Snake venom is a toxic substance produced in a highly developed secretory organ which the animal delivers during a biting act. Venom in snakes evolved as a adaptation for subduing pray. This remains the primary role of venom in nearly all snake species; venom serves only secondarily as a defensive adaptation. Another likely function of snake venom is the digestion of the pray.
Snake venom is a complicated mixture of various substances. No other natural product constitutes such an effective mixture of different factors that directly influence vital body functions which can lead to the death or severe impairment of its victim. Referred to as “devil’s brew cocktail” of between 10 and 20 distinct, biologically dynamic ingredients. Toxic proteins with multiple biochemical, immunological, pharmacological and pathological effects. Venom also includes 5 to 15 different enzymes and 3 to 12 nonenzymatic, low molecular weight polypeptides.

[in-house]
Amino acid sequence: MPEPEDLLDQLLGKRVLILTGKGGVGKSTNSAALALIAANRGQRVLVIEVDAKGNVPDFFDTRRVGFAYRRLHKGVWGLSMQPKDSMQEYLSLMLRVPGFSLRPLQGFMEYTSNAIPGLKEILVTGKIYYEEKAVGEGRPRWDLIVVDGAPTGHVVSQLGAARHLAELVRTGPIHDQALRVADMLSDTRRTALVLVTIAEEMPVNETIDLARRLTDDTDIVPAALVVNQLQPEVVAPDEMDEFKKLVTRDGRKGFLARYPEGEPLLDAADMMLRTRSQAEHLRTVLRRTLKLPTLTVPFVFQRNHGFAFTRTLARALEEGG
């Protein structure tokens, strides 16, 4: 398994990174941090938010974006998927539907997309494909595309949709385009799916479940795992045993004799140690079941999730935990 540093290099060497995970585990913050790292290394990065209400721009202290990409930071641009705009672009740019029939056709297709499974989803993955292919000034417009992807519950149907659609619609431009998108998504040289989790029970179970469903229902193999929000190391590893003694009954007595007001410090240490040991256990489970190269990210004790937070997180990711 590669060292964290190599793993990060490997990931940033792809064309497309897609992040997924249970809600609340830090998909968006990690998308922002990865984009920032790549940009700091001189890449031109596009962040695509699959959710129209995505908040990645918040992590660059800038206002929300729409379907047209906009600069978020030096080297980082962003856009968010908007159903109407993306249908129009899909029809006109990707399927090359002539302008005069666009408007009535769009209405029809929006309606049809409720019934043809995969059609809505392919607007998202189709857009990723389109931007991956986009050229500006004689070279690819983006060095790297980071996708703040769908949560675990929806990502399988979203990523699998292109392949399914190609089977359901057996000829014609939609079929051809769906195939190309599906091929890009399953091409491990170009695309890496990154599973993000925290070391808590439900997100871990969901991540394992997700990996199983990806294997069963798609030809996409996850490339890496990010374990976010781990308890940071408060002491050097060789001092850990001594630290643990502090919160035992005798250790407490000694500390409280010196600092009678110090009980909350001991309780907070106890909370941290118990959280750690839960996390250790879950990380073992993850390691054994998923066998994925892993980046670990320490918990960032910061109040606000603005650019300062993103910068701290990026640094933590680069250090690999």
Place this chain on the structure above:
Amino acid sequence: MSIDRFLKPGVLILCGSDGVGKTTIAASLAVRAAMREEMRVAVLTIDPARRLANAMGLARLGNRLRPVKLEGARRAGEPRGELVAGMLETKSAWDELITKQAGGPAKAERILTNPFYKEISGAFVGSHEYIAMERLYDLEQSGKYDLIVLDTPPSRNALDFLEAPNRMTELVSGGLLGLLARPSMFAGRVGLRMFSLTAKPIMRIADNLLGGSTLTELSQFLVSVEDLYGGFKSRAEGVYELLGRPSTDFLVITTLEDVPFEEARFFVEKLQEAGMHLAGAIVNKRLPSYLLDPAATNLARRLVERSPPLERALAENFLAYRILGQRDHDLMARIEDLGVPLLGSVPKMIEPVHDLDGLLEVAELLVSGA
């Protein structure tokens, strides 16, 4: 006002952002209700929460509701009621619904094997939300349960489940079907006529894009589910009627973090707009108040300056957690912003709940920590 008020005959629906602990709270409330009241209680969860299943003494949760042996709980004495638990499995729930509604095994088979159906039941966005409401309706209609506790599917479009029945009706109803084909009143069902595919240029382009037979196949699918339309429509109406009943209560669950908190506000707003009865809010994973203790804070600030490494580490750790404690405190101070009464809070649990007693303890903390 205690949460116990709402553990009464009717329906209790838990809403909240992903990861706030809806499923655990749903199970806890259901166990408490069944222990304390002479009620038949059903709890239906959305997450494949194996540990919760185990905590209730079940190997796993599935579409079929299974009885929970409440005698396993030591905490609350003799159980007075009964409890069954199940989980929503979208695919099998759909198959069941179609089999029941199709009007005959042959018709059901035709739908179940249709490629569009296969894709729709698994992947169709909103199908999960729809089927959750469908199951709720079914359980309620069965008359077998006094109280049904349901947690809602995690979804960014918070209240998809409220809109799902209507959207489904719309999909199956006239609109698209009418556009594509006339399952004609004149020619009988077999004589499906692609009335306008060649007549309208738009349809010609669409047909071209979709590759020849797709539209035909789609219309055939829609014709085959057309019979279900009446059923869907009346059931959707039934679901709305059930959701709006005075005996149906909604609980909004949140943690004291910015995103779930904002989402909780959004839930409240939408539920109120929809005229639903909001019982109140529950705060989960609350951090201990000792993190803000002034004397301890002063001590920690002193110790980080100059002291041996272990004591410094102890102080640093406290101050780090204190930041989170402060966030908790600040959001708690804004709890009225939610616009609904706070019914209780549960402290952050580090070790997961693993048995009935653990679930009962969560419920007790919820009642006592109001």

Snake venom is freeze-dried and vacuum stored in refrigeration for years without destruction of toxicity. Not only is it stored for anti-venom, but serves as a valuable tool for biochemical research, and is used for therapeutic agents, such as vaccines, anticoagulants and anti-cancer drugs, to fight modern diseases.
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